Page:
Sunny side up
Oak Park resident reminds of the simplicity of solar cooking
Every day for the past 30 years, Oak Park resident Dale Schuck cooks his meals without a stove, microwave or grill. Hot lentils, rice, roasted potatoes, artichoke, breads, organic chocolate cupcakes—how does he do it? By harnessing heat from the sun.
Using a cardboard box with a piece of glass over the top and positioning it toward sunlight can cook, say, a jar of lentils with water inside in a matter of hours. This is the beauty of solar cooking, of which Schuck has been an advocate since he dropped in on a cook-off in Phoenix years ago as an electronic-engineering student. After this, he was inspired to build his first solar oven using plywood, mirrors and glass.
Now, a self-designed solar water heater, four solar ovens made of cardboard and aluminum lining and glass arranged on rolling stands decorate his backyard. Each one has the potential to reach anywhere between 120 to 300 degrees, depending on where he puts it and which direction it faces.
For every day that the sun continues to rise, Schuck is empowered to give PG&E the middle finger. Relying entirely on the sun for heating needs, he hasn’t used gas service for three years.
“I realized I don’t need them,” he said of energy utilities. “Even if you only cook one meal a week, it’s that one meal a week you walk in and go, ‘Wow, I cooked this myself with the sun.’”
While sipping on a cup of steaming, solar-cooked tea, Schuck explained why solar cooking simply is a better way. There is the obvious: Sunlight is a free, unlimited source of energy, and it is a green alternative to using appliances powered by gas or electricity, which result in greenhouse-gas emissions.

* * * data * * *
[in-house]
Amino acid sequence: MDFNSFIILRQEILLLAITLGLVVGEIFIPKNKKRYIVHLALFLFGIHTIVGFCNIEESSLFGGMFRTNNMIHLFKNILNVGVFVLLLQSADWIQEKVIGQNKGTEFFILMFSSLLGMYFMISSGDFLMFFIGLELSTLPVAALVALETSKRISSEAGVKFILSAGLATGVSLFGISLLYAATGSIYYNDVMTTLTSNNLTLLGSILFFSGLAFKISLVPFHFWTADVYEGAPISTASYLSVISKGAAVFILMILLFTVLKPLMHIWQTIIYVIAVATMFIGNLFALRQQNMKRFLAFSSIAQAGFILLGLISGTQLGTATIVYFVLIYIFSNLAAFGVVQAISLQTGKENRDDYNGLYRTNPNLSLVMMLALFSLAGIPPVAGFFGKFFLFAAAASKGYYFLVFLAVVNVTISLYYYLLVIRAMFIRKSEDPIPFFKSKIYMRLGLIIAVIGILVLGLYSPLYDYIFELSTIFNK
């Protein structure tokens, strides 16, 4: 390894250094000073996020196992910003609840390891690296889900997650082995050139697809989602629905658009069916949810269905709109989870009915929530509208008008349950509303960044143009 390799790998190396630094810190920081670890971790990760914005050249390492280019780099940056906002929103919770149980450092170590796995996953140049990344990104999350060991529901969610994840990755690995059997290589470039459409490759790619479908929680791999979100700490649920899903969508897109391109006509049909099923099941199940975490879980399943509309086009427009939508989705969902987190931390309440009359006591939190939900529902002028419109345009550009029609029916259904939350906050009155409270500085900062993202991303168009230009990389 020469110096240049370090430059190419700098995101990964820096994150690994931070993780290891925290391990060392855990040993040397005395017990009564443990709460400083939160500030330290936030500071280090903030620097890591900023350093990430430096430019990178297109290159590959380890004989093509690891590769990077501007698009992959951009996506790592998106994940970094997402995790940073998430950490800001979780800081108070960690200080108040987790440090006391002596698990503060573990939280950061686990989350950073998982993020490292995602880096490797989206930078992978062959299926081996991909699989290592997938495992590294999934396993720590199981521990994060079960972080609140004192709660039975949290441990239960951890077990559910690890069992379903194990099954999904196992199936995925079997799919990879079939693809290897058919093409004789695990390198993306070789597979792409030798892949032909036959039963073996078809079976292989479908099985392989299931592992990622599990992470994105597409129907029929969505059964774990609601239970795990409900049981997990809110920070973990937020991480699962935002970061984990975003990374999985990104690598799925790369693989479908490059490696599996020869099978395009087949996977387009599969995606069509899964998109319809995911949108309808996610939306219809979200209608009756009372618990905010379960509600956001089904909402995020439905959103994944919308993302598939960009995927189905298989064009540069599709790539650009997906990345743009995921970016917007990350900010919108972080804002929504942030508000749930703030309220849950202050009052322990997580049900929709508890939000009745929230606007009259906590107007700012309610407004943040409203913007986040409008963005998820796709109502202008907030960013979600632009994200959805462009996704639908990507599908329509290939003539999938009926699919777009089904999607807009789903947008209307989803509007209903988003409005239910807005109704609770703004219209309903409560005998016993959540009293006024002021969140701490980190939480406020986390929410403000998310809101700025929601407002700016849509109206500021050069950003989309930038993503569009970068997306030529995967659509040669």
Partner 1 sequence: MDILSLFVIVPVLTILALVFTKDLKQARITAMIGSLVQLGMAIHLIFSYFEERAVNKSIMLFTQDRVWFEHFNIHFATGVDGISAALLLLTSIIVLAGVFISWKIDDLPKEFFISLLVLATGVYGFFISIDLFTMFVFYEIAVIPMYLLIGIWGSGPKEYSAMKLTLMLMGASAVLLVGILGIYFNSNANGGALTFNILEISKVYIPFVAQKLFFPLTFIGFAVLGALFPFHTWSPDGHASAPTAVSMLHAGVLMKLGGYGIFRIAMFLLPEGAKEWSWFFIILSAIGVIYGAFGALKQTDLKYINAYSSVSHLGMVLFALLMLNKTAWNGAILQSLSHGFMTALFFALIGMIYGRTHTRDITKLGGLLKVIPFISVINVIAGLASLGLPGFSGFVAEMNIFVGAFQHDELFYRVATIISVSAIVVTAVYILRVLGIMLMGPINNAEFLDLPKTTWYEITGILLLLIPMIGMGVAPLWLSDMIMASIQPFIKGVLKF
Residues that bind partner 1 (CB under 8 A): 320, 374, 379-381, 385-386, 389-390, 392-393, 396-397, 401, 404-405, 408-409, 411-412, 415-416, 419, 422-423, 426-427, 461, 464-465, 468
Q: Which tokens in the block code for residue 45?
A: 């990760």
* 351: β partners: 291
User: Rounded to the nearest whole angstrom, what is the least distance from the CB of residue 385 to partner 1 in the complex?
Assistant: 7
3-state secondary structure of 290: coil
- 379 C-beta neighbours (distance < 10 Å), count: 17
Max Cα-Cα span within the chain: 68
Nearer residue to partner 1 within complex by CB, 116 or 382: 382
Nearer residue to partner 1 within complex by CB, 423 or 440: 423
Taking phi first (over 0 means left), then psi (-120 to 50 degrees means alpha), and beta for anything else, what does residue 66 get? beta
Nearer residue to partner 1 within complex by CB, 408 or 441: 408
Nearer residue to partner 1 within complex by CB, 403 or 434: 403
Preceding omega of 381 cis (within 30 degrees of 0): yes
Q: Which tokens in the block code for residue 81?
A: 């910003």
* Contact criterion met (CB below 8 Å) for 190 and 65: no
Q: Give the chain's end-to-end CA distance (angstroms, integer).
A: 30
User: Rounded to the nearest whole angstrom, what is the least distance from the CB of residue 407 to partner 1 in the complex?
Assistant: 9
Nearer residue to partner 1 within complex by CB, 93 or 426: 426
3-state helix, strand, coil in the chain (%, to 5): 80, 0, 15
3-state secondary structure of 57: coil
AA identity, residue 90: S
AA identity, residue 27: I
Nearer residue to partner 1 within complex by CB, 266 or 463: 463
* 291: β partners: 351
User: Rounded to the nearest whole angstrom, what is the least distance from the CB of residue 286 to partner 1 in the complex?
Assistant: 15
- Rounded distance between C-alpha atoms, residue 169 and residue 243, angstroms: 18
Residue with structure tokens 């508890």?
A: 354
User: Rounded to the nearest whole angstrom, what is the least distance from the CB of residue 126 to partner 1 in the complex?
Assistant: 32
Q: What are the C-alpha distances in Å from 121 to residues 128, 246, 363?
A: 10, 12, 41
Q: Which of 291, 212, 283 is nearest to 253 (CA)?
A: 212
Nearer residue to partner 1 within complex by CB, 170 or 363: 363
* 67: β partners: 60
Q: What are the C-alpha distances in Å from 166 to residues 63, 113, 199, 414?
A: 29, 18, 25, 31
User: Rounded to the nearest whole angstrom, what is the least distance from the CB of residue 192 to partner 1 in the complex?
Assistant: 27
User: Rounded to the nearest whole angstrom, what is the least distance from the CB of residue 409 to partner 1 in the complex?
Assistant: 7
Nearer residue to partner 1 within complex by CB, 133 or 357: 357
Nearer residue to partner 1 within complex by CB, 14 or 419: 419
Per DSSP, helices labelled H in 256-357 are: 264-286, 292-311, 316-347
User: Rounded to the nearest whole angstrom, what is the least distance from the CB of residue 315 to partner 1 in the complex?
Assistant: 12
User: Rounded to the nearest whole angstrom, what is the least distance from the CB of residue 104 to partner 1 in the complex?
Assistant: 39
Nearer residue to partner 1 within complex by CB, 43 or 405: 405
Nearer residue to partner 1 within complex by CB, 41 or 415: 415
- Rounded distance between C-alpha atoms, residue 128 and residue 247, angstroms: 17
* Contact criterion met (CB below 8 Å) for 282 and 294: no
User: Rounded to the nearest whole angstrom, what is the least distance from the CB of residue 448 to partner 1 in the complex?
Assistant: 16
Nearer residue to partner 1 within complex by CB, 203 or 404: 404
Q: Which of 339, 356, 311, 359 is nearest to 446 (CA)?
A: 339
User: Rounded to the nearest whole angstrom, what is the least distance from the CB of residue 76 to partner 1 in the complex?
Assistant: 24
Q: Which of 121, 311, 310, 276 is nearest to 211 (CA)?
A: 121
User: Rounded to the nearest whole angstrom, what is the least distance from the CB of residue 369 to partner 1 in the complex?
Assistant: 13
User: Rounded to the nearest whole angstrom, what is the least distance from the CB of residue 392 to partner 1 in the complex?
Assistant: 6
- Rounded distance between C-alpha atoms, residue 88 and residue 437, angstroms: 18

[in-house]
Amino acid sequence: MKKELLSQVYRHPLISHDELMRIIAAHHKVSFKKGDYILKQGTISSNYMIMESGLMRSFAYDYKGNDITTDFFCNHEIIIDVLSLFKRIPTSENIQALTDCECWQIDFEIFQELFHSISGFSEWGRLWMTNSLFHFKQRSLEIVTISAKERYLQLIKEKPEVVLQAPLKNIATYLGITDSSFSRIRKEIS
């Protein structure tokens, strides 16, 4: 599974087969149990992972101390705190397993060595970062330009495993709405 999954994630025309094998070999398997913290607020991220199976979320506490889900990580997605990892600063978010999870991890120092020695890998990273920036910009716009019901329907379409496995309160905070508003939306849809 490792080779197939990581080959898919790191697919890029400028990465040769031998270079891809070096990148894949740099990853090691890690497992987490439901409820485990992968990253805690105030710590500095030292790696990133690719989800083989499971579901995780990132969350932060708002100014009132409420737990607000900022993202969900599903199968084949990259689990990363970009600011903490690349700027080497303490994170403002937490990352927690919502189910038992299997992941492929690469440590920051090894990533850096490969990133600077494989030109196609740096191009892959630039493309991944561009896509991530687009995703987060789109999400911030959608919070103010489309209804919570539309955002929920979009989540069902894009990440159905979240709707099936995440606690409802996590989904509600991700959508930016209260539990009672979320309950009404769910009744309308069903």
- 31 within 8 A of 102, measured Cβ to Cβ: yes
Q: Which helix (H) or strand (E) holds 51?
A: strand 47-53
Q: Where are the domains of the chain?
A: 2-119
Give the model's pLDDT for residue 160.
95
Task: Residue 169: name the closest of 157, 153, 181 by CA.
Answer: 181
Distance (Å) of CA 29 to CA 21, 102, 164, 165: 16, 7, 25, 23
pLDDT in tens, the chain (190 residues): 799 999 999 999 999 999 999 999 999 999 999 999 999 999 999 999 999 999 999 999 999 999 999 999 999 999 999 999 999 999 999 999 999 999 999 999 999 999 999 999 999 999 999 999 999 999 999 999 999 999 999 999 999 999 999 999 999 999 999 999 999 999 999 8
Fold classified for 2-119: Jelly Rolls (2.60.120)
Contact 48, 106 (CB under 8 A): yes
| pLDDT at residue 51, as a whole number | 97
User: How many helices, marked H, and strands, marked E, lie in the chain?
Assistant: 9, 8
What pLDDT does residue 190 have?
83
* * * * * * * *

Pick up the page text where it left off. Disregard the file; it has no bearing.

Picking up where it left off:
“I mean, they’re burning coal halfway across the country doing mountaintop removals,” he explained, “so that you can turn a switch and cook something inside your house, and the efficiency loss is tremendous.”
Also, solar ovens are relatively cheap to buy and easy to make using recycled glass and cardboard or wood.
Solar food is also cooked at lower temperatures than stove temperatures, meaning that they retain more of their nutrients and flavor. And, as the sun moves across the sky, a solar oven will naturally heat and cool based on its position. This means that whatever is inside is slow-cooked and cannot be burned, even if it sits there for 12 hours.
Solar cooking has been a constant in his life, both here in California and also during his travels in Colorado, Mexico, Alaska, Germany—or even along the South China Sea. He has mastered the ability to cook with as few as three or four hours of direct sunlight, and has always cooked during winter solstice, too.
“It’s such a simple technology,” he said. “If you don’t have a solar cooker with you, in most industrialized nations you can look into a garbage can and find enough materials to build a solar cooker, and within an hour you could be solar cooking.”
Not so fast. Before making a plunge for the nearest Dumpster, Schuck recommends that newbies learn a thing or two about basic oven designs, either online at www.solarcookers.org or with a book, in addition to learning the sun’s cycle and knowing where sunlight hits in relation to a solar oven.
Over the years, he has built up to around 50 ovens for family and friends. This past July, he facilitated a solar-oven-building workshop at Sol Collective. He hopes that his efforts spark a ripple effect.
“We’re burning up the planet,” he said. “Everyone seems to be ignoring it. … [The younger generations] are going to have to pay for our ignorance and our greed and having to have our conveniences.”